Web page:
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Safety and Return on Investment

Thursday, September 2, 2021
Safety and Return on Investment

Many business owners and financial personnel want to know the investment they make in a safety program produces a return. Studies indicate that every $1 invested in safety produces a return of $2 to $6. Any one-dollar investment that produces a two dollar return is a good investment, so the financial justification for investing in safety is a no brainer. 

Today’s competitive and challenging business environment means any return on investment is important to the financial health of the organization. Successful business leaders focus on financial impact, and improved safety is one effective way to guarantee better results.

As with all business metrics and initiatives, communicating results and initiatives to all employees is critical in assuring the success of those efforts. Employees should understand a financially healthy organization is good for them and their future. Financial success translates into greater opportunities to increase wages and improve benefits, and a successful safety program helps contribute to that success.

So, all good business leaders should gather their employees together in a meeting and communicate the importance of safety in guaranteeing financial success… or should they? Is it important employees understand the financial success safety programs can help create? Is financial success the most important benefit a safety program offers?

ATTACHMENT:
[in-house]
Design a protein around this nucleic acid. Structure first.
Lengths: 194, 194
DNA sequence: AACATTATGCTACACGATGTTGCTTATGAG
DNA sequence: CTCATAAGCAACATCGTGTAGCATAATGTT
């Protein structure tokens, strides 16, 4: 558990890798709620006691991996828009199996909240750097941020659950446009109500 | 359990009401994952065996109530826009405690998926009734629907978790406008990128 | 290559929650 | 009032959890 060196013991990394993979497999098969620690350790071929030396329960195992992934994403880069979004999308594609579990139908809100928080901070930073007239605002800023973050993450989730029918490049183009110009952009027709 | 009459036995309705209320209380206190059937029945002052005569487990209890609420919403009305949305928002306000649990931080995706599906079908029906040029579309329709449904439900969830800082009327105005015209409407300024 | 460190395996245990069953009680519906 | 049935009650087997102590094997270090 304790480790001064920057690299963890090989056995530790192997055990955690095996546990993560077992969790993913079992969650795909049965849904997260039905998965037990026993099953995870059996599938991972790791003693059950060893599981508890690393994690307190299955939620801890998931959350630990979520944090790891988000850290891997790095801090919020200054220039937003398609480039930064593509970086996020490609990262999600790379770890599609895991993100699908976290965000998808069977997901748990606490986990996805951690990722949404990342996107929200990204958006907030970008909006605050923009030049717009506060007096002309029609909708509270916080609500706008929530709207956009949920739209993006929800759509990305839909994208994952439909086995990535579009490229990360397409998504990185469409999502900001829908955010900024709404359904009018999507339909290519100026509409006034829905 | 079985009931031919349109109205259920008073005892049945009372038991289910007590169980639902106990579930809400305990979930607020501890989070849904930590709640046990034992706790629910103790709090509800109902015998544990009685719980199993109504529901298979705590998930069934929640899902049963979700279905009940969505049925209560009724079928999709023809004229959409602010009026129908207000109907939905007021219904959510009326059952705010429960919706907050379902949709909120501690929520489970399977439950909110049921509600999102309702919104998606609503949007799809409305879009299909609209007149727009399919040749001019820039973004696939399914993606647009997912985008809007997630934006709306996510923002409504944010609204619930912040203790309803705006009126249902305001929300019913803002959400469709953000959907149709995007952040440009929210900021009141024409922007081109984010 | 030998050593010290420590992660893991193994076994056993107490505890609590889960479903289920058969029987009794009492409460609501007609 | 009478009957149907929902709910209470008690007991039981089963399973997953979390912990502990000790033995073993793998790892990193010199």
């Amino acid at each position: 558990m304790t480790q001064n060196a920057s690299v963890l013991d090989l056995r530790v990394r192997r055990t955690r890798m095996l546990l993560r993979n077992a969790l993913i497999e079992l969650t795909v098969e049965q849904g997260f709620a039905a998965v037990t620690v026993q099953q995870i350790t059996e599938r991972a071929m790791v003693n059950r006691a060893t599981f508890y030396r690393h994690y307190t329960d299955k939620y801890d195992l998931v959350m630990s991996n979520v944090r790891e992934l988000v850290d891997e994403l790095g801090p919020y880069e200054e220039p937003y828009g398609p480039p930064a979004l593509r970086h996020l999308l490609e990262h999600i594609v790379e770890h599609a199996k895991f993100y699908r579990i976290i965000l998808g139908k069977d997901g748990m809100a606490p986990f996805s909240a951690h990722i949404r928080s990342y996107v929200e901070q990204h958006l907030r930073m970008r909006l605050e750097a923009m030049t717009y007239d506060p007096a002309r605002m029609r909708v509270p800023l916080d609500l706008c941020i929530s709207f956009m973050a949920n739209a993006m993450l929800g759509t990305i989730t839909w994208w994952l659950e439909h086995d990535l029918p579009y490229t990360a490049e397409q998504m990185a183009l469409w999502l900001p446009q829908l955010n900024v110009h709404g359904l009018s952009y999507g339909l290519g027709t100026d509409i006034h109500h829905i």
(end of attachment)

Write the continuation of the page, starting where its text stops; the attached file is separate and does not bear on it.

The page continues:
A very wise and important mentor of mine, Dave Valentine, had an excellent perspective on this subject. First, what is the most important goal of any safety program? I’d like to think the most important goal is preventing the death, injury, or illness of a valued employee. If that isn’t your goal, I suggest you reevaluate your priorities, because you’re at risk of losing the trust and confidence of your employees.

In his unique way of communicating important concepts, Dave suggested saving money is actually just one of many “side effects” associated with preventing work-related injuries. Additional “side effects” of preventing workplace deaths injuries include:

  • Improved profitability
  • Improved productivity
  • Improved quality
  • Improved employee retention
  • Improved morale
  • Reduced uninsured costs associated with accidents
  • Reduced cost of insurance

Because the beneficial “side effects” of providing a safe workplace only happen when injuries don’t occur, the sole focus and communication to employees must be to achieve a goal of preventing all workplace injuries. Messaging that includes a discussion of cost reduction can fall on deaf ears as employees really just want to know their safety is paramount. When injuries are prevented, all of the beneficial side effects follow.

While return on investment in safety is an important consideration for all employers, we need to be careful the financial message doesn’t overpower the much more important objective of preventing workplace injuries. You might be surprised at how closely employees pay attention to messaging. When employees believe their safety and health matters more from a financial perspective, it detracts from the culture of safety. A strong culture of safety throughout the organization significantly contributes to the likelihood of success.

Material posted on this website is for informational purposes only and does not constitute a legal opinion or medical advice. Contact your legal representative or medical professional for information specific to your legal or medical needs.